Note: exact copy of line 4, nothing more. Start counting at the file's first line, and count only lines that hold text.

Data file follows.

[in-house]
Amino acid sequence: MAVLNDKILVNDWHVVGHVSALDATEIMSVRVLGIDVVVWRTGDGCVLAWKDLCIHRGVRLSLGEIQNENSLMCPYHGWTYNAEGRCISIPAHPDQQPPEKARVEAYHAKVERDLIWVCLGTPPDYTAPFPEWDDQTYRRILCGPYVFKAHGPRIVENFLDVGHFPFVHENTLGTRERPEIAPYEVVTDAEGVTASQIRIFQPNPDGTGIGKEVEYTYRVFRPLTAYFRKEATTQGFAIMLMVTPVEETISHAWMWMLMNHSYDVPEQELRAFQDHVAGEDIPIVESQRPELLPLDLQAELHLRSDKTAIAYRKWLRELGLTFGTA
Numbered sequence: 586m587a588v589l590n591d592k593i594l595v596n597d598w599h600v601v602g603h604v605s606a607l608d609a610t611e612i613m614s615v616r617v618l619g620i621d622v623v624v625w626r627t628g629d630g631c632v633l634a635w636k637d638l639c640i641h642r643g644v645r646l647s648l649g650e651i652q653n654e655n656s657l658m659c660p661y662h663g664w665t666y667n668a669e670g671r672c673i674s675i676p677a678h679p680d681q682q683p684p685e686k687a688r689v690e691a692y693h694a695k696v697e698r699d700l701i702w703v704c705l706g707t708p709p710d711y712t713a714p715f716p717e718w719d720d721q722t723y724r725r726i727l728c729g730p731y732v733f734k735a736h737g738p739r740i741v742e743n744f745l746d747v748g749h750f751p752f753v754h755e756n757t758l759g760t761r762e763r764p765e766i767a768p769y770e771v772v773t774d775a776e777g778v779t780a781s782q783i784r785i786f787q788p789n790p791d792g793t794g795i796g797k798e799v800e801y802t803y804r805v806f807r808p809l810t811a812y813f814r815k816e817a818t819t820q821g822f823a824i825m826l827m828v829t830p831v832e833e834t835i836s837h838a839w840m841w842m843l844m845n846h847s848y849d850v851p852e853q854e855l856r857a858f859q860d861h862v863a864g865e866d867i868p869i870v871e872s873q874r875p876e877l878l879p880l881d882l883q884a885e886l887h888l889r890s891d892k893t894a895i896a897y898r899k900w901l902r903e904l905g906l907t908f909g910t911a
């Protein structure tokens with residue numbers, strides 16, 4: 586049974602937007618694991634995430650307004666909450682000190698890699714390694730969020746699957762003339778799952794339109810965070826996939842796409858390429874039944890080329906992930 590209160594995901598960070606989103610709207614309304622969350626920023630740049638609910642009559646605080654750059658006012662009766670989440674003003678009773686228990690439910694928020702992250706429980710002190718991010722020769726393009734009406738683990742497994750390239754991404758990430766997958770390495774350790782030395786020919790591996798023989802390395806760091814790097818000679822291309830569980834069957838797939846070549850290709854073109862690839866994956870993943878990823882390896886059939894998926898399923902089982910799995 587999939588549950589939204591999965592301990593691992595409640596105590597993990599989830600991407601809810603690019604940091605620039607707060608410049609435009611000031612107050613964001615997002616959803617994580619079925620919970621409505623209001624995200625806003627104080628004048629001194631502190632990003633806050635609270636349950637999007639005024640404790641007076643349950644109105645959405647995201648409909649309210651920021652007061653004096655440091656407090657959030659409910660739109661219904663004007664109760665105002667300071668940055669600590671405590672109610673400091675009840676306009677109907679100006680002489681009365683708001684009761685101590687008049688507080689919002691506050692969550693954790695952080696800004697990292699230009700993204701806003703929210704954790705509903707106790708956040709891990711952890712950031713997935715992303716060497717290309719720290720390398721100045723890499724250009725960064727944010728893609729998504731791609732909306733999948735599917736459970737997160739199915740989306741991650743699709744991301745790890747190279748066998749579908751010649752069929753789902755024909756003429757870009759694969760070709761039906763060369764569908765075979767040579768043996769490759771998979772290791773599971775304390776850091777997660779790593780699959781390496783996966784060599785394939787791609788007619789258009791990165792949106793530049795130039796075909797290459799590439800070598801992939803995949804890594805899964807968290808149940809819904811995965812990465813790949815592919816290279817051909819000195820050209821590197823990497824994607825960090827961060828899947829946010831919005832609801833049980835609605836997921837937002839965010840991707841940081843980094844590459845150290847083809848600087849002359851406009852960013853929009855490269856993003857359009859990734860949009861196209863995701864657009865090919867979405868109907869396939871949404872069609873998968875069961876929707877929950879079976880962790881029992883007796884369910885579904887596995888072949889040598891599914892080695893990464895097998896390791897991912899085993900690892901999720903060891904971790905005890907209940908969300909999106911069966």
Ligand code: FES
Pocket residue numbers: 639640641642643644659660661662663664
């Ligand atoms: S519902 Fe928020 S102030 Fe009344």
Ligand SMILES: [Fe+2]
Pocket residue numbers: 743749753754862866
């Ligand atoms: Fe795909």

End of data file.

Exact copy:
């Protein structure tokens with residue numbers, strides 16, 4: 586049974602937007618694991634995430650307004666909450682000190698890699714390694730969020746699957762003339778799952794339109810965070826996939842796409858390429874039944890080329906992930 590209160594995901598960070606989103610709207614309304622969350626920023630740049638609910642009559646605080654750059658006012662009766670989440674003003678009773686228990690439910694928020702992250706429980710002190718991010722020769726393009734009406738683990742497994750390239754991404758990430766997958770390495774350790782030395786020919790591996798023989802390395806760091814790097818000679822291309830569980834069957838797939846070549850290709854073109862690839866994956870993943878990823882390896886059939894998926898399923902089982910799995 587999939588549950589939204591999965592301990593691992595409640596105590597993990599989830600991407601809810603690019604940091605620039607707060608410049609435009611000031612107050613964001615997002616959803617994580619079925620919970621409505623209001624995200625806003627104080628004048629001194631502190632990003633806050635609270636349950637999007639005024640404790641007076643349950644109105645959405647995201648409909649309210651920021652007061653004096655440091656407090657959030659409910660739109661219904663004007664109760665105002667300071668940055669600590671405590672109610673400091675009840676306009677109907679100006680002489681009365683708001684009761685101590687008049688507080689919002691506050692969550693954790695952080696800004697990292699230009700993204701806003703929210704954790705509903707106790708956040709891990711952890712950031713997935715992303716060497717290309719720290720390398721100045723890499724250009725960064727944010728893609729998504731791609732909306733999948735599917736459970737997160739199915740989306741991650743699709744991301745790890747190279748066998749579908751010649752069929753789902755024909756003429757870009759694969760070709761039906763060369764569908765075979767040579768043996769490759771998979772290791773599971775304390776850091777997660779790593780699959781390496783996966784060599785394939787791609788007619789258009791990165792949106793530049795130039796075909797290459799590439800070598801992939803995949804890594805899964807968290808149940809819904811995965812990465813790949815592919816290279817051909819000195820050209821590197823990497824994607825960090827961060828899947829946010831919005832609801833049980835609605836997921837937002839965010840991707841940081843980094844590459845150290847083809848600087849002359851406009852960013853929009855490269856993003857359009859990734860949009861196209863995701864657009865090919867979405868109907869396939871949404872069609873998968875069961876929707877929950879079976880962790881029992883007796884369910885579904887596995888072949889040598891599914892080695893990464895097998896390791897991912899085993900690892901999720903060891904971790905005890907209940908969300909999106911069966």